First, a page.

Analyzing Miami Dolphin QB Chad Henne

There is so much talk about Chad Henne’s mistakes that it is easy to focus on his weaknesses and overlook his strengths… In scouting Henne there is one obvious flaw in his passing, he does not throw the ball with a lot of touch. His tendency, under pressure, is to throw the ball on a straight line and lock his eyes on a receiver. His strength is his ability to throw the ball, with velocity, to placements many average passers cannot and to do so very quickly.

Many folks would call it blasphemy to compare Henne to a young John Elway but the similarities are quite distinct. Elway had the same issues early in his career. John Elway was in the NFL for 11 seasons before his TD to INT ratio was better than 1 to 1. In year 11 Elway was 158 to 157. 83.4 was his highest QB rating in that span and most of his QB ratings to that point were well below Henne’s.

In our world of instant gratification we often forget great QBs are not born, they are taught. Dan Marino was taught by the greatest QB coach in NFL history, Don Shula. Does anyone remember who Shula had as a QB coach? Probably not because he didn’t have one, he coached his own QBs. So did Joe Gibbs, Bill Walsh, Vince Lombardi, Chuck Knoll, Tom Landry, Andy Reid and many others. Each of these coaches had (has) a gift for putting their QBs in a position to be successful.

This is a simplified NFL pattern tree. The names and numbers change depending on the offense but the idea remains the same.

The receiver is lined up on the left side in this example. When you hear a QB barking out signals at the line of scrimmage the patterns he is audibling to are represented by the pattern tree. Forgive me if this is rudimentary football but I wanted to use this example to demonstrate Chad Henne’s strengths and weaknesses. In the example below, the patterns circled in blue are the routes Henne throws well and those circled in red are the routes he has trouble with.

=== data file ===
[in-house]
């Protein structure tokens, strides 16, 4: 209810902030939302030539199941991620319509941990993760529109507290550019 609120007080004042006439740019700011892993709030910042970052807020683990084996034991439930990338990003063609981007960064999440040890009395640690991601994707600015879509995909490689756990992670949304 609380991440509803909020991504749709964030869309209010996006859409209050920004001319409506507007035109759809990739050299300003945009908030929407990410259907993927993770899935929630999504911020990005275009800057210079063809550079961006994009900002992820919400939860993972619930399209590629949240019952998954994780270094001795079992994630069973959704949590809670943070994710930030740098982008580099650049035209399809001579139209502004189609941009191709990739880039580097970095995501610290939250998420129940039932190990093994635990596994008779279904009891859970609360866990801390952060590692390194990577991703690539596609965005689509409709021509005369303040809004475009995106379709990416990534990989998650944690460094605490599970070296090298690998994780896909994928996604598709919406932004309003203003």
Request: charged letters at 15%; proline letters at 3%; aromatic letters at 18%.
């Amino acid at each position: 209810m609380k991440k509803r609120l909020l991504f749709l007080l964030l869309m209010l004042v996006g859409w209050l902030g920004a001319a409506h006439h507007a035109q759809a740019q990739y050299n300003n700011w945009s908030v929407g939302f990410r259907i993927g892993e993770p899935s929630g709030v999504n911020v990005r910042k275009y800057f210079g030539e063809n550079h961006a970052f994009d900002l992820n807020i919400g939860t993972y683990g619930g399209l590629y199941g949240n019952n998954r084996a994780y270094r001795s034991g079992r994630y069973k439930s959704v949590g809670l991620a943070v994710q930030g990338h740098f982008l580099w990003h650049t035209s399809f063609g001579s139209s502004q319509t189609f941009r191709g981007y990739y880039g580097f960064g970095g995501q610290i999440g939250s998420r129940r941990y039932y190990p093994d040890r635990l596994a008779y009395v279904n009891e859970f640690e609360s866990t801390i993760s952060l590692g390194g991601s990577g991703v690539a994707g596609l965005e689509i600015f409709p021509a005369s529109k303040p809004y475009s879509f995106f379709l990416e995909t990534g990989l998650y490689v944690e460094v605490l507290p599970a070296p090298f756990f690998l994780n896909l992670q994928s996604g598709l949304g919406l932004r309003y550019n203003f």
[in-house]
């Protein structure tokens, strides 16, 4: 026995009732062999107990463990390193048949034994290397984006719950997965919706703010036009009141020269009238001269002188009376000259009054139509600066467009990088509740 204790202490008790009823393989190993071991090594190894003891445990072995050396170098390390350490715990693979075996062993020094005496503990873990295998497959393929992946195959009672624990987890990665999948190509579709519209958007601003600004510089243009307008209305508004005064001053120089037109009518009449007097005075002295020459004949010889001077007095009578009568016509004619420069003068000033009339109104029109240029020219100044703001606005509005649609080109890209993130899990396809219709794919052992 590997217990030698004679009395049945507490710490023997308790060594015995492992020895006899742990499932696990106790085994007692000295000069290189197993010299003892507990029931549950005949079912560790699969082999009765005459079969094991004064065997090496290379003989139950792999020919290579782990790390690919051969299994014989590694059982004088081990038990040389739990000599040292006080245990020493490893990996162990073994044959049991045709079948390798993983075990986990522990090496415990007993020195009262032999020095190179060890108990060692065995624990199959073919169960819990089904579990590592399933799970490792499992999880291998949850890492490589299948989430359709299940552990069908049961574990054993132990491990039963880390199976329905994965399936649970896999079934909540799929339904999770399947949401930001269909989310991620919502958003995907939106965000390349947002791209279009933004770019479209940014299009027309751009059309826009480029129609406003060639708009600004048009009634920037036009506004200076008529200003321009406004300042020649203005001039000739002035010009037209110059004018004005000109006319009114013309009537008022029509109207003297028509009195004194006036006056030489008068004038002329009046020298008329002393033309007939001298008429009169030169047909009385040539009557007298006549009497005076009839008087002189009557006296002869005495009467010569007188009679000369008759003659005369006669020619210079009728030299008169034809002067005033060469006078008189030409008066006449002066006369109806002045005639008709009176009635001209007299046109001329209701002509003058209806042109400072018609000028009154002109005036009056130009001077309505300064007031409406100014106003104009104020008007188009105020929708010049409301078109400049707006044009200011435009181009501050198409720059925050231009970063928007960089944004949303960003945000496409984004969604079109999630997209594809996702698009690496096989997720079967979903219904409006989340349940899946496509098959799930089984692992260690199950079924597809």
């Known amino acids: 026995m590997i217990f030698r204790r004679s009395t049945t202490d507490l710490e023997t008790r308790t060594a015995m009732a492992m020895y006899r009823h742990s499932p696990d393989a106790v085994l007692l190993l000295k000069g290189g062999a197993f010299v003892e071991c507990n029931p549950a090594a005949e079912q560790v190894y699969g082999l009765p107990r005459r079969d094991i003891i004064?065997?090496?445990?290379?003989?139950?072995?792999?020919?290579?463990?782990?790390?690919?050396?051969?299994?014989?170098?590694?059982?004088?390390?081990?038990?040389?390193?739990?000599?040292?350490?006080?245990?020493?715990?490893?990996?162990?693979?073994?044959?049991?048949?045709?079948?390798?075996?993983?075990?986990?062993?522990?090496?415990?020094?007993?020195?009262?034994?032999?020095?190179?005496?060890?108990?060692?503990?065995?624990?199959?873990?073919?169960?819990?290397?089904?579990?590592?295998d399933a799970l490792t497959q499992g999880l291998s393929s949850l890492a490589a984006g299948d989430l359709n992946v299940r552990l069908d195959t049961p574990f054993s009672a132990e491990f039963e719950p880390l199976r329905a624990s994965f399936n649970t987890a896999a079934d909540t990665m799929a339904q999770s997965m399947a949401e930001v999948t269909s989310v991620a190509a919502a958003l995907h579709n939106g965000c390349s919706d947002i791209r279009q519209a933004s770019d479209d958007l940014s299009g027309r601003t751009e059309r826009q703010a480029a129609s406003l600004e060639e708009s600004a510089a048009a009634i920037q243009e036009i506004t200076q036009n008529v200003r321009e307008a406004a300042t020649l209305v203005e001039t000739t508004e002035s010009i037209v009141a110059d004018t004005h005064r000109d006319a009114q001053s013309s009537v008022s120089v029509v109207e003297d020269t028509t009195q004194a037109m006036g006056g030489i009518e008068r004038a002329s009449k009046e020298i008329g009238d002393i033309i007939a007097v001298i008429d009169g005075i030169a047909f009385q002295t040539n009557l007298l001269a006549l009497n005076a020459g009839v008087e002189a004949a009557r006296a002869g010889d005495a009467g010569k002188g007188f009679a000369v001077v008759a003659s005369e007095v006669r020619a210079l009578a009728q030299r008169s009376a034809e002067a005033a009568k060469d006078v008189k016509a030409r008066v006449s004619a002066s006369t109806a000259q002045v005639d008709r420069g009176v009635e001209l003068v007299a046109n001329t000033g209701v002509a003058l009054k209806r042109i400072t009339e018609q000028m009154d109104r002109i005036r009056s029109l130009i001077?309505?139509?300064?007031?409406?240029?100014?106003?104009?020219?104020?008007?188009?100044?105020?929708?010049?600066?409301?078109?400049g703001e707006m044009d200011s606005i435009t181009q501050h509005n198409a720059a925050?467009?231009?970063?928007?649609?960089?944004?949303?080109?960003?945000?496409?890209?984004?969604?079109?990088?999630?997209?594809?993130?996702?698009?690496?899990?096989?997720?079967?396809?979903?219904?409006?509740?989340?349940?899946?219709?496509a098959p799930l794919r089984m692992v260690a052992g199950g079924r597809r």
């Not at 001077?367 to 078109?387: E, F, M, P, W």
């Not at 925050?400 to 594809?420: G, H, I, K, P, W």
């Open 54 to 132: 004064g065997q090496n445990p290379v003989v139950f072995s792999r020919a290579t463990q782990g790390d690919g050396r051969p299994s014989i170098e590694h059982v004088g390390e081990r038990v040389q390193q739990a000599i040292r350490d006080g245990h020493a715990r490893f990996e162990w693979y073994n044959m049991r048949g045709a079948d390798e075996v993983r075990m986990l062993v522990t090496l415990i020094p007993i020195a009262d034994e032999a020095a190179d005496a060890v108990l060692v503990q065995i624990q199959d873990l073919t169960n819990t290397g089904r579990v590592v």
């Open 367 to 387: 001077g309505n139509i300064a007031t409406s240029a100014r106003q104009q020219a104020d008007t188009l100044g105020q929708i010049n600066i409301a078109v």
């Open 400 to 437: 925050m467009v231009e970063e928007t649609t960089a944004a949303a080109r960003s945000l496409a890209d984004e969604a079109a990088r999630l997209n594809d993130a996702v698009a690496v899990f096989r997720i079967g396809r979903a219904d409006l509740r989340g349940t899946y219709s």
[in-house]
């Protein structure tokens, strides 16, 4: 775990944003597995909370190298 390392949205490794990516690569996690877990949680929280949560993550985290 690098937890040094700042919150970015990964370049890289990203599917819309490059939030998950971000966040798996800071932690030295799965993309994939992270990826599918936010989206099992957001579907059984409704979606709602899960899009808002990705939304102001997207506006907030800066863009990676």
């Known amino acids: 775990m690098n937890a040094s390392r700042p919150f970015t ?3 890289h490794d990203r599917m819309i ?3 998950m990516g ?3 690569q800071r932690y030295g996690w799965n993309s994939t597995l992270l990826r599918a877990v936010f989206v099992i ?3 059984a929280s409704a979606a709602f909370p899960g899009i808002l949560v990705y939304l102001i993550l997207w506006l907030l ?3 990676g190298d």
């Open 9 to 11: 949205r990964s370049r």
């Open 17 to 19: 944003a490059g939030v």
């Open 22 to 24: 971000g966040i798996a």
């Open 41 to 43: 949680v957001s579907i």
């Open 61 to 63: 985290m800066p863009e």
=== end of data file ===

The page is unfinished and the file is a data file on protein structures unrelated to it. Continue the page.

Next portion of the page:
The patterns Henne throws well are timing routes to a spot and quick hitting passes. The patterns Henne has trouble with are the deep routes that require a receiver to run under the ball and passes that must be thrown with touch over a linebacker and in front of a DB. Most of the deep passes Henne throws well are post patterns to a spot. There is a little deception here because a lot of Henne’s interceptions come on out patterns which are passes he throws well. That is because defenses know this and they bait him to throw it by hanging underneath or making a break after hanging back.

Obviously we can see why Henne does not complete a lot of deep passes and why he has been called check down Chad. The question is can Henne learn to throw the ball with touch. I will go back to my Elway reference; John Elway had the exact problem when he came into the NFL. He had a rocket arm but he could not put “air” under his passes. It took Elway 11 years to change this and it only came after he tore his biceps muscle and never had it repaired.

In my opinion Elway is extremely overrated as far as great QBs are concerned. He only won after he had broken himself to the extent that his one man show wasn’t much of a show anymore. Henne does not have the Elway “it” factor, but Henne is much more coachable. He may take a year or two more to fully come into his own, but I don’t see it taking 11 years.

Arm strength and demeanor are not things that can be taught, but putting air under the ball can be taught. Looking off defenders can be taught. This is an extremely complicated game for a QB and it happens in split seconds… Great coaches have a way of teaching a QB not only what he is seeing but how to react to it when he sees it. Only a few ever catch on in less than 3 seasons. Comparing Chad Henne or any QB to Dan Marino is not only foolish but shortsighted.

I don’t know if Henne will ever be a great QB… I have my doubts like everyone else but I think he can learn and I think he has the physical tools and the demeanor to surprise people. Does Kyle Orton have those physical tools? No… Does Vince Young have the demeanor? No... It’s obvious Jeff Ireland and Tony Sparano went through this exact exercise and they came to the same conclusion. Henne’s strengths still outweigh his weaknesses and he is still the QB of the Miami Dolphins. I don’t ever see Henne being a one man show but as a team oriented QB I still think he has potential.